|Houston Chef Builds Steak Factories in China|
|by Tom McGregor||Mon, Sep 8, 2014, 08:44 pm|
BEIJING: Tony Yip, a Hong Konger, moved to the United States of America in 1990. He searched for his pot of gold in the U.S. as a chef and enjoyed some success working for his grandmother, who owned Dong Ting restaurant in Houston, one of the city's top fine dining restarants before it closed a few years ago.
Afterwards, Tony, who likes to call himself, 'Y-not,' headed to Las Vegas to work the Strip. He was involved with opening and operating a number of famous restaurants in the city, but then the financial crisis 0f 2008 struck and his bright future began to dim.
America, the land of dreams for Asian immigrants, had transformed into a nightmare and to make matters worse, Barack Obama, an anti-business politician, got elected to the White House. Accordingly, Mr. Y-Not decided it was time to return back to Asia and re-start business ventures in China.
In 2011, his brother Michael Yip, an interior designer and founder of MI2, was running the Steak Factory, which is located in the Central Business District of Beijing, and suggested that Tony take over operations, so that Michael could refocus his energies on more artistic endeavors.
"My brother has always been the artistic one in the family with big dreams and fantasies, but sometimes his ideas were not very realistic," Mr. Y-Not told the Dallas Blog. "So in the family busines partnership my job is to implement my brother's ideas. I'm the guy who asks what if? I'm the cautious one and we have a good balance between my cautiousness and my brother's audaciousness."
Mr. Y-Not noted that to his surprise that his artistic brother originated the unique business concept of the Steak Factory. "The strategy is systematic, our central kitchen is similar to an assembly line. We assign our cooks to one particular station where they are assigned just one particular cooking task. And when they complete their task they move the food order to the next station, just like an assembly line. This stream-lined process cuts costs and accelerates the cooking process for the convenience of our customers," said Mr. Y-Not.
He explained that he also cut costs by operating their own butcher shop in the backroom. Mr. Y-Not said, "Many steak restaurants order meat pre-cut by their deliverers, but that costs a lot more money. So we buy in bulk and our butcher slices and dices the meat."
Patrons glancing at the menu will notice that the restarant serves meals that are reasonably priced compared to other luxury Western restarants in Beijing. The Dallas Blog ordered the Kansas Prime Filet Mignon, a Mediterranean Seafood Salad with Balsamic Vinagretes, Spanish red wine, Sangre de Tauro, Texas Cowboy Soup and margarita.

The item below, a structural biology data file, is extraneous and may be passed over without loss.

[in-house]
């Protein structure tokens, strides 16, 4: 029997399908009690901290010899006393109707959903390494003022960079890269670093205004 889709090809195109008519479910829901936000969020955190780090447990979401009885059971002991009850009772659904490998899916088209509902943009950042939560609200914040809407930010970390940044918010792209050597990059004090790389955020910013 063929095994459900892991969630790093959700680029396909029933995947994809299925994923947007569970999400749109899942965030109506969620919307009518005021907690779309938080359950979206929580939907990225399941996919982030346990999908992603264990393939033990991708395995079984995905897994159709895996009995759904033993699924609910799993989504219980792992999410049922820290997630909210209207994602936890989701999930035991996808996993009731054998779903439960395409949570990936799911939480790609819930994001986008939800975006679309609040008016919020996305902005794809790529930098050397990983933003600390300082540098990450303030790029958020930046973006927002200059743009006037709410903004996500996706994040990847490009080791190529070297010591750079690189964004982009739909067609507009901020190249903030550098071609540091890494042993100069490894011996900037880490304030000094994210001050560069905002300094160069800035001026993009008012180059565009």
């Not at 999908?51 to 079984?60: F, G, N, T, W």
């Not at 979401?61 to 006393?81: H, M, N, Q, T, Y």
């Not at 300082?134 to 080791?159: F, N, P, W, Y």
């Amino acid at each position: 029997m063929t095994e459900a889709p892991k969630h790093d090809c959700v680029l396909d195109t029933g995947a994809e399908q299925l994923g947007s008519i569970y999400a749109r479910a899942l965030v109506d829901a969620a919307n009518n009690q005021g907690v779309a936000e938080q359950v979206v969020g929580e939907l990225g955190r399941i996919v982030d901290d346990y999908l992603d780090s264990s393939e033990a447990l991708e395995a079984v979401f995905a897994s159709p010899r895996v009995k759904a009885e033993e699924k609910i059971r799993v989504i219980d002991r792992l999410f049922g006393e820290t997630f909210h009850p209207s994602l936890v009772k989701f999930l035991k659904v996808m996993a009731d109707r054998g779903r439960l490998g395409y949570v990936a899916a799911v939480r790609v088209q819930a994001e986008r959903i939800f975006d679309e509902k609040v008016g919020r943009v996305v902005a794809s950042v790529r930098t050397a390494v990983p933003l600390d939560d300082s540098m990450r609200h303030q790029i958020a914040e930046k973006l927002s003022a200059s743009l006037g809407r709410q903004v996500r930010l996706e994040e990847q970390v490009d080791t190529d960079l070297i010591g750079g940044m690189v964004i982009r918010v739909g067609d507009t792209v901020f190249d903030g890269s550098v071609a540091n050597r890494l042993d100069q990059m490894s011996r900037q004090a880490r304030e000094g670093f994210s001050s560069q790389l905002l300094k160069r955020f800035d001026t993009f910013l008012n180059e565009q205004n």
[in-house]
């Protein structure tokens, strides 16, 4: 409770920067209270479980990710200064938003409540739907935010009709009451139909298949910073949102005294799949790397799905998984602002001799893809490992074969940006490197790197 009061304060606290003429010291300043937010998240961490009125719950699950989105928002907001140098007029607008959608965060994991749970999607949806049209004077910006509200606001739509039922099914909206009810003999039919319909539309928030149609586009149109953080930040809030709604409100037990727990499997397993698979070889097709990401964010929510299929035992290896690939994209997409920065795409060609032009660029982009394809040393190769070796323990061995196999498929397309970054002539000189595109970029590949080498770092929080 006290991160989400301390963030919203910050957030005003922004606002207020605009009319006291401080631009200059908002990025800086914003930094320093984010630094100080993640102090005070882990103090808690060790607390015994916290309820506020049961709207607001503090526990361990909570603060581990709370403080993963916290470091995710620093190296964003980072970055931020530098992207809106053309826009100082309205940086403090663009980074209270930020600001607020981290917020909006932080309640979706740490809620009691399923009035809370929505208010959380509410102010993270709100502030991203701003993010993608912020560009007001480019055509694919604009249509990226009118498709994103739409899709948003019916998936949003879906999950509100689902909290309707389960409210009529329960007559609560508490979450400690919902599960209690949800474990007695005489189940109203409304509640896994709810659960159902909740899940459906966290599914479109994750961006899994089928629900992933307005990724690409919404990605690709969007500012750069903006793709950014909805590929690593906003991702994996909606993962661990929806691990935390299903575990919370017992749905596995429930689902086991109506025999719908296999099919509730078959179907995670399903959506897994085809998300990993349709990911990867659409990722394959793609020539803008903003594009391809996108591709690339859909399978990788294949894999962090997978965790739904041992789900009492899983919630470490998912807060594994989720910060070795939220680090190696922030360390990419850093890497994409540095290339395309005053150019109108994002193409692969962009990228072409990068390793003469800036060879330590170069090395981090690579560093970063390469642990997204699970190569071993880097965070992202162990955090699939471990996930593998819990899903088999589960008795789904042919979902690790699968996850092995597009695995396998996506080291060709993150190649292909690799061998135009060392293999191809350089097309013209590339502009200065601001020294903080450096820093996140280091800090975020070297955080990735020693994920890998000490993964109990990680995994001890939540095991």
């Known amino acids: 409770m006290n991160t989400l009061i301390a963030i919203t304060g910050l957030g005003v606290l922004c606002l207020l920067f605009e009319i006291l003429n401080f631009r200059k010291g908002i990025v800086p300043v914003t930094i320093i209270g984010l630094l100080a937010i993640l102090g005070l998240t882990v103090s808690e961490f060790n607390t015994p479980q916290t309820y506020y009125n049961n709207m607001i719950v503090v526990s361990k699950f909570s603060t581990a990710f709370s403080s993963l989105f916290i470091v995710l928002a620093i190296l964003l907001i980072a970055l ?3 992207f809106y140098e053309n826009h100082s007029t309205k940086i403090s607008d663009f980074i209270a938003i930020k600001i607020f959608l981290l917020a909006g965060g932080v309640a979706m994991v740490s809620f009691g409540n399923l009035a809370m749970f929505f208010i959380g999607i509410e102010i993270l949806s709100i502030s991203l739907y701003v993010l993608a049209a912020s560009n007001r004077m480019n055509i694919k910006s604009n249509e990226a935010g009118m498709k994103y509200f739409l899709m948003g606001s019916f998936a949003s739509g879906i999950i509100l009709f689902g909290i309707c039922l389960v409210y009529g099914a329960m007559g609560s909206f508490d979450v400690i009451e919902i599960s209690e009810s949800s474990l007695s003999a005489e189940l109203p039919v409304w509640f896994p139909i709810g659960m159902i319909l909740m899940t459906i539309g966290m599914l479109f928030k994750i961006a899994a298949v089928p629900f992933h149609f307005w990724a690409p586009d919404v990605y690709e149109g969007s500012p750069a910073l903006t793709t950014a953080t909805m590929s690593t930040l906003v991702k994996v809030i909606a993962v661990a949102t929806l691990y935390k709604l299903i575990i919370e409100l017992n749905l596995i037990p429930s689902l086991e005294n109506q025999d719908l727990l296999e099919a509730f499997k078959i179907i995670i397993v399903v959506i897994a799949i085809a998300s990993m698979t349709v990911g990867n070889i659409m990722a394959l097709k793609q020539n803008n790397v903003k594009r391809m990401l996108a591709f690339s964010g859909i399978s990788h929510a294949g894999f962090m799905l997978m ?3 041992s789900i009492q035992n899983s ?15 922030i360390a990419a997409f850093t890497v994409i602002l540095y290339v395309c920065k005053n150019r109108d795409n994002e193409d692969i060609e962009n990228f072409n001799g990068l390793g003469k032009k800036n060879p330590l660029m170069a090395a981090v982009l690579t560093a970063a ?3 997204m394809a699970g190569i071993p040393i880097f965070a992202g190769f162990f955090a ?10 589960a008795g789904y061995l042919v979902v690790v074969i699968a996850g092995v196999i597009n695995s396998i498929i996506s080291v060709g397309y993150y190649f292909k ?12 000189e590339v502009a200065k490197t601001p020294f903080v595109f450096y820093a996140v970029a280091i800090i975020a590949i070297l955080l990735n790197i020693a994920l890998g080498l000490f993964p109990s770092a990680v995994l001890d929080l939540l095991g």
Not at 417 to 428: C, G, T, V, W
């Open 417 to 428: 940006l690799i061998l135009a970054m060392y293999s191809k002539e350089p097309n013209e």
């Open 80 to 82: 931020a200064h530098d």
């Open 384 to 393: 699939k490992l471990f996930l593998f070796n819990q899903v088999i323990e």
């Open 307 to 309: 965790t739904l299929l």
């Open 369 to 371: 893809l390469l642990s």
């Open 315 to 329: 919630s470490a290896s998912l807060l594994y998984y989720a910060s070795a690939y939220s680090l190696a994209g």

The Dallas Blog gives a big thumbs up to the Texas Cowboy Soup and the margarita.
Mr. Y-Not believes that his role in China is to teach Chinese consumers how to enjoy fine dining in a proper manner. He noted that many Chinese don't comprehend the significance of eating a meal with the right wine.
"That's why our wine list shows which meals go best with each wine. Sadly, some Chinese customers still don't realize that it's important to drink red wine, not white wine, when eating a delicious steak," said Mr. Y-Not.
Mr. Y-Not also stand oppossed to many restaurants in China that serve meals with fake ingredients. He pointed out with much disgust that Pizza Hut appears to be the worst offender in regards to Western restarant chains operating in China.
"I owe my strong moral ethics and thinking because I received 13 years of a Catholic education when I grew up in Hong Kong. I'm most proud of graduating from high school at Lasalle College in Hong Kong where we were taught how to conduct critical thinking. The great education I received from there has shaped me into the man that I am today. A man who doesn't take short cuts by using fake ingredients."
Meanwhile, he's married to a Russian woman, who would like to tell Dallas Blog readers that she is not and never has been a member of the Sen. John McCain (R.-Az.) foreign policy fan club.
To learn more about the Steak Factory, link here:
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